Sweet and salty, captivating carbs, charming chocolate and the alluring thought of cheese; each of these common cravings can send even the strictest dietician into a mouth watering frenzy. But lucky for you, Kris Carr, New York Times and #1 Amazon best-selling author, wellness activist and cancer thriver has provided 5 ways to conquer your cravings!
Stay hydrated. Make sure you’re drinking about half your body weight (lbs) in ounces of water daily (if you’re 140 lbs, drink 70 oz water a day). Thirst and dehydration make you feel hungry, and may kick up your cravings. Drink water throughout the day to help you stay hydrated and control your hunger.
Eat something else. Even though you feel like you “need” a chocolate bar, chances are you’ll be just as satisfied with a healthier alternative, such as hummus, nuts, fresh berries, low-glycemic whole food desserts, or even a cup of tea. Having better choices on hand to munch on can help distract those cravings until they pass.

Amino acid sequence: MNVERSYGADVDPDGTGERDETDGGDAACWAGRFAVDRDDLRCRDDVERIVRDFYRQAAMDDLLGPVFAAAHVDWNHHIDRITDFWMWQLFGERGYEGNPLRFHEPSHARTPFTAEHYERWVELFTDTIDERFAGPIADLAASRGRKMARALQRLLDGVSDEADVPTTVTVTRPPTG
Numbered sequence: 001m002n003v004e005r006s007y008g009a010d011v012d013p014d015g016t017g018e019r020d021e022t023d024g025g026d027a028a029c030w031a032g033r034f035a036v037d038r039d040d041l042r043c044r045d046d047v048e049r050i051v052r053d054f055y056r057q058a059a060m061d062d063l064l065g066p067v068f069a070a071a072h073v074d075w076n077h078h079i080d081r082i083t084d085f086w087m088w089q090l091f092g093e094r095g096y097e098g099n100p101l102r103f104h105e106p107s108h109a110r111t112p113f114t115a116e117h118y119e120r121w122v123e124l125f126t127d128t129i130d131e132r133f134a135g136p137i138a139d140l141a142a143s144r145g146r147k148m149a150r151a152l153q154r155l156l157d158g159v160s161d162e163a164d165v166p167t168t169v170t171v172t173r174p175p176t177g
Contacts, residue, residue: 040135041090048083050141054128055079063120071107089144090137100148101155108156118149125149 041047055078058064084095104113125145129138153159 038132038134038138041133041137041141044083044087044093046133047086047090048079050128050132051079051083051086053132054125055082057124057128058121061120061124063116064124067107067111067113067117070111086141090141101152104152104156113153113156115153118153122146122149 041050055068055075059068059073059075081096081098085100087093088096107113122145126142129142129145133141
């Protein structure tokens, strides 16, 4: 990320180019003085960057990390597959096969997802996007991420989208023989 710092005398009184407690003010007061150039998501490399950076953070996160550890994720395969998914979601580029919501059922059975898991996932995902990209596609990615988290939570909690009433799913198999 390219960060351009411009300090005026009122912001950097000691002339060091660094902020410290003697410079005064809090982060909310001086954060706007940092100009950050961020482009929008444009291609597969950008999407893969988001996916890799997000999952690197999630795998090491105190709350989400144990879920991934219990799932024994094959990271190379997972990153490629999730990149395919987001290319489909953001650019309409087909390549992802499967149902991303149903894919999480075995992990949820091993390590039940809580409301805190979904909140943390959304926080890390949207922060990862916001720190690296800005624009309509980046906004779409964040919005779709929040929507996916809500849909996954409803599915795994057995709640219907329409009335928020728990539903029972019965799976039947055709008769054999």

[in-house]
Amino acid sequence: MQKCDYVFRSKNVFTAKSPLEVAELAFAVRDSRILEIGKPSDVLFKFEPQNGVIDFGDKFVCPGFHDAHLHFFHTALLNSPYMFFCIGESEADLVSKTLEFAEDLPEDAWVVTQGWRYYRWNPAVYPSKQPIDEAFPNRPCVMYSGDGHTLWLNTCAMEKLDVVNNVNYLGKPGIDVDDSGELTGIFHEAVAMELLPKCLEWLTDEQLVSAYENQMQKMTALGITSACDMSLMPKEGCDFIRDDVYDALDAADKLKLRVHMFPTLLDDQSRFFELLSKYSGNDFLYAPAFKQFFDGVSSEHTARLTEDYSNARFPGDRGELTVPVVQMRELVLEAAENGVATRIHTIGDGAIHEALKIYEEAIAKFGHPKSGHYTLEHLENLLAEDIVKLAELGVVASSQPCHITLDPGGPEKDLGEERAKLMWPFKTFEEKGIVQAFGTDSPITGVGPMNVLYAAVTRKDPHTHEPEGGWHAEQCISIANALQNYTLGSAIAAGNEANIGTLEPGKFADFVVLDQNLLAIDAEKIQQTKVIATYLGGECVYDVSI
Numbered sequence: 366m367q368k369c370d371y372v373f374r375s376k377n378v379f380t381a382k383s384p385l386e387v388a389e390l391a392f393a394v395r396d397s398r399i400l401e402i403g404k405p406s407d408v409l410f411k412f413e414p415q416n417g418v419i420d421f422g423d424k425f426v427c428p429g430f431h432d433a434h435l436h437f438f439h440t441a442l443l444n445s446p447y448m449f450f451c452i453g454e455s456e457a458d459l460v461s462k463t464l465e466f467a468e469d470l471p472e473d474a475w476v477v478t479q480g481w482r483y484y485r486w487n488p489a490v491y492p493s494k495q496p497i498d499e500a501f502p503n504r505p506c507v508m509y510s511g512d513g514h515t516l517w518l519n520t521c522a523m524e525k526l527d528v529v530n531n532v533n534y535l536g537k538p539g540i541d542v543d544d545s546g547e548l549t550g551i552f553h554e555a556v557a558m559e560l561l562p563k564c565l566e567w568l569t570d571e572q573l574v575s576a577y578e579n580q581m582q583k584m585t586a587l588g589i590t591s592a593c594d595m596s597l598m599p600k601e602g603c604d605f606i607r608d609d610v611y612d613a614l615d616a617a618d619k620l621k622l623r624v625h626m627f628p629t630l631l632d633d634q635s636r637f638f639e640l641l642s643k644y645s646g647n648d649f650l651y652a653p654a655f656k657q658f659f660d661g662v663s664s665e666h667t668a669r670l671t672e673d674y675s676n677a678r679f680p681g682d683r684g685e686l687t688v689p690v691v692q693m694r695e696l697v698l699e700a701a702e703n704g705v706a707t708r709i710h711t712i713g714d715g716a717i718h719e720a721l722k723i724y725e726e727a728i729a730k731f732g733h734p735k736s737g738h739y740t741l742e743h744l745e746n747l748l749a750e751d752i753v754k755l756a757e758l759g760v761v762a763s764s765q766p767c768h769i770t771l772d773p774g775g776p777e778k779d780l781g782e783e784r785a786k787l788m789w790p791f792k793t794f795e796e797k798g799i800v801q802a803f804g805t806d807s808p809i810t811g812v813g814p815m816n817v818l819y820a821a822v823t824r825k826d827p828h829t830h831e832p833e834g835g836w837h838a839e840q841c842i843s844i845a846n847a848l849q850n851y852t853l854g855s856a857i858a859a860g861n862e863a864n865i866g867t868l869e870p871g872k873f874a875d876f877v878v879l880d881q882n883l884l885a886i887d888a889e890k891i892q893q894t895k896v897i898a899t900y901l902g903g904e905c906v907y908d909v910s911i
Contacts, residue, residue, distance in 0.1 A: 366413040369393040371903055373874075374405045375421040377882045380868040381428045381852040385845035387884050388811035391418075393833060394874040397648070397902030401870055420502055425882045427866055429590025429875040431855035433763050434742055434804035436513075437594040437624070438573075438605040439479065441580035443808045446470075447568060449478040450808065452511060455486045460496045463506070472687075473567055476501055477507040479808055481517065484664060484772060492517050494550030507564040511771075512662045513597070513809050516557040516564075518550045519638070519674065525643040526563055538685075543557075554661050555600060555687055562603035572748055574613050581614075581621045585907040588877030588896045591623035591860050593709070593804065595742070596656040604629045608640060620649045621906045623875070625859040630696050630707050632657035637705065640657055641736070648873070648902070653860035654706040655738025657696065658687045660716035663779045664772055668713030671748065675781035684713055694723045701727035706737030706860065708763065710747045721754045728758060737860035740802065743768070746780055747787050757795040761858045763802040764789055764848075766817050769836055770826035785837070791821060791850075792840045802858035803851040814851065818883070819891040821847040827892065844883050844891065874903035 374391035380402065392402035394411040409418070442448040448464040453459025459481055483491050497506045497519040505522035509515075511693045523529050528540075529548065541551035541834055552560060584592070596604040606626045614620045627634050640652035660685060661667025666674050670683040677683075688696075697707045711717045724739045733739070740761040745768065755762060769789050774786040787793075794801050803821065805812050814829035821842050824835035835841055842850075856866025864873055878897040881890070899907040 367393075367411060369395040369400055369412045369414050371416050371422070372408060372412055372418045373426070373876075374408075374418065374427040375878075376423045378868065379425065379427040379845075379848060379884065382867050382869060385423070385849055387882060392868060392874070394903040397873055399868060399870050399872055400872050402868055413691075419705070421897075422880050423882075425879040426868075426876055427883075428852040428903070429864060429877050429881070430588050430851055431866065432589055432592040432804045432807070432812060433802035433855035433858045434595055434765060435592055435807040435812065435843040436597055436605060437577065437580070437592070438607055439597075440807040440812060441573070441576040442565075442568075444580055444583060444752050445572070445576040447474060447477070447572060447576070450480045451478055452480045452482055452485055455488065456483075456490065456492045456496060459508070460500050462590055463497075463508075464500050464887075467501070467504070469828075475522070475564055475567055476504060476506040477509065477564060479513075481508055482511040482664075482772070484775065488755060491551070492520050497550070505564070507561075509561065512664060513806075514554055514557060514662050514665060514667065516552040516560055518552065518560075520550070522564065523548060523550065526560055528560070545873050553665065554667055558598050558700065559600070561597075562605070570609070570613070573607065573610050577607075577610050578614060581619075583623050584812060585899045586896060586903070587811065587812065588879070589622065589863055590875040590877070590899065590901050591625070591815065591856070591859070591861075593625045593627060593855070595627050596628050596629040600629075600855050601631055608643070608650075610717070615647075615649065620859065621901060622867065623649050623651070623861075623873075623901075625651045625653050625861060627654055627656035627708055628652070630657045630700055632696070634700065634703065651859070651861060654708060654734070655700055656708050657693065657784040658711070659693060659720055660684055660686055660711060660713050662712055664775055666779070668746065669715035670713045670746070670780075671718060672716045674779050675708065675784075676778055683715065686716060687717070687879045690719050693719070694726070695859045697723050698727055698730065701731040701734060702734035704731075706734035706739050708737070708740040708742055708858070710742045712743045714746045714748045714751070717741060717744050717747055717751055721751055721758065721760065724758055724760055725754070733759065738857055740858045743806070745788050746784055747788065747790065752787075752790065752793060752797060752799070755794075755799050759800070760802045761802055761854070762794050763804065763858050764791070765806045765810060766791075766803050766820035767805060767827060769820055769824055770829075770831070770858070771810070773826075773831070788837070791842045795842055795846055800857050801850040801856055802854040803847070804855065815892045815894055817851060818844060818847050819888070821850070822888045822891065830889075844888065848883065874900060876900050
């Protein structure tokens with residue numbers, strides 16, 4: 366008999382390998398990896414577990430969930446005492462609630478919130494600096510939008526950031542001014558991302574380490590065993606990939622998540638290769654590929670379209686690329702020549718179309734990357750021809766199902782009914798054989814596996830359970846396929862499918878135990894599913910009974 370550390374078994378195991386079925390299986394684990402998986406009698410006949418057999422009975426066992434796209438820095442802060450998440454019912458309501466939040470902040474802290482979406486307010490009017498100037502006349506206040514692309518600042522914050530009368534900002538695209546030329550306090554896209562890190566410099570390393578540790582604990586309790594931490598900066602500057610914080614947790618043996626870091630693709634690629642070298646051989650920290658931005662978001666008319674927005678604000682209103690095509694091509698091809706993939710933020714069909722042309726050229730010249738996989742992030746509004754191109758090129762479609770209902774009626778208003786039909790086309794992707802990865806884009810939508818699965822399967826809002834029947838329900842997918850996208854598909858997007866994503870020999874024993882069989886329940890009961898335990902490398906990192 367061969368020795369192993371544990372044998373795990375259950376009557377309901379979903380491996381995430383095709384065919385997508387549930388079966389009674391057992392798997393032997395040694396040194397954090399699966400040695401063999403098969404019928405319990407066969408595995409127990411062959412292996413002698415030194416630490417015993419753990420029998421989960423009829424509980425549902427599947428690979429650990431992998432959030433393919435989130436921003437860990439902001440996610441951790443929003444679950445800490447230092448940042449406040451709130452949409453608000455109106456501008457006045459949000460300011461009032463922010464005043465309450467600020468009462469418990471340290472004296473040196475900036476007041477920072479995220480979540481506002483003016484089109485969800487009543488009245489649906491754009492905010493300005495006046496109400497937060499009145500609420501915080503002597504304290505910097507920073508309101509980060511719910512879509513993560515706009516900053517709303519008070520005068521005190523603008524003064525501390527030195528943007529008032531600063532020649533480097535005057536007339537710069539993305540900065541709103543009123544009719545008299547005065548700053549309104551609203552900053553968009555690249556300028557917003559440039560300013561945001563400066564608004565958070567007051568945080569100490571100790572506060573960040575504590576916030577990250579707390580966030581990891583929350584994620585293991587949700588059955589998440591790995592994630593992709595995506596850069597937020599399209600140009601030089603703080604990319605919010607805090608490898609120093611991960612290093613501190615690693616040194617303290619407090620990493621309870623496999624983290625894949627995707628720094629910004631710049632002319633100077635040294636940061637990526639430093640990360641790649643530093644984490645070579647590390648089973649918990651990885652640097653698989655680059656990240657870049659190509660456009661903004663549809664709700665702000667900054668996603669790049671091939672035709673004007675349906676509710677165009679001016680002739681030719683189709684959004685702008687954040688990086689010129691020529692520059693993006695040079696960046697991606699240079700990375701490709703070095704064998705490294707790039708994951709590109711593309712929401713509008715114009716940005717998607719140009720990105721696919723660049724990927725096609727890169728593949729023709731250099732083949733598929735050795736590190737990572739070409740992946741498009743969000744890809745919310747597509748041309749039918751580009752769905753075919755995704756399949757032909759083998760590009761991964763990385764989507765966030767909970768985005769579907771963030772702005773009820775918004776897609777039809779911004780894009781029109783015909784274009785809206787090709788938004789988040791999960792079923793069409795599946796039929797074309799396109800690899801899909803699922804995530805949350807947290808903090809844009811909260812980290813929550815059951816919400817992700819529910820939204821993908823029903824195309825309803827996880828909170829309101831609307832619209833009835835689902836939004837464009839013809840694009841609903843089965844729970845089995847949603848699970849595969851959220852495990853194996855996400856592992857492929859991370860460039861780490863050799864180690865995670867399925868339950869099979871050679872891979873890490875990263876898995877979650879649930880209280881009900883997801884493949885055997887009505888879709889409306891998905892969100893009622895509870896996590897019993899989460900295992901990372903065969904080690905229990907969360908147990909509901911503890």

Exercise and stay rested. Rather than relying on french fries and cookies to help you feel relaxed and happy, go for a brisk walk during the day and get into bed with a good book a little earlier in the evening. These habits produce endorphins just like the best tasting truffles on the planet. Plus, the exercise may boost your serotonin levels—something that should help you skip sugar and extra carbs more easily too.
Make meditation and sunshine a priority. Taking a few minutes every day to meditate and getting 10-15 minutes a day of sunshine or light therapy may boost serotonin levels so you’re not reaching for Snickerdoodles to turn your mood around.
Avoid trigger foods for 21 days. Your taste buds have a great memory. If you really want to break a food craving, one of the best ways is to avoid eating those foods for a set period of time. Find a new food or drink—low-glycemic smoothies and desserts, fresh berries, guacamole and rice crackers, raw cashews, nut “cheese,”—to grab when you’re having a craving for candy, cheese, or chips.
To learn more about why these cravings occur, read the rest of the article at: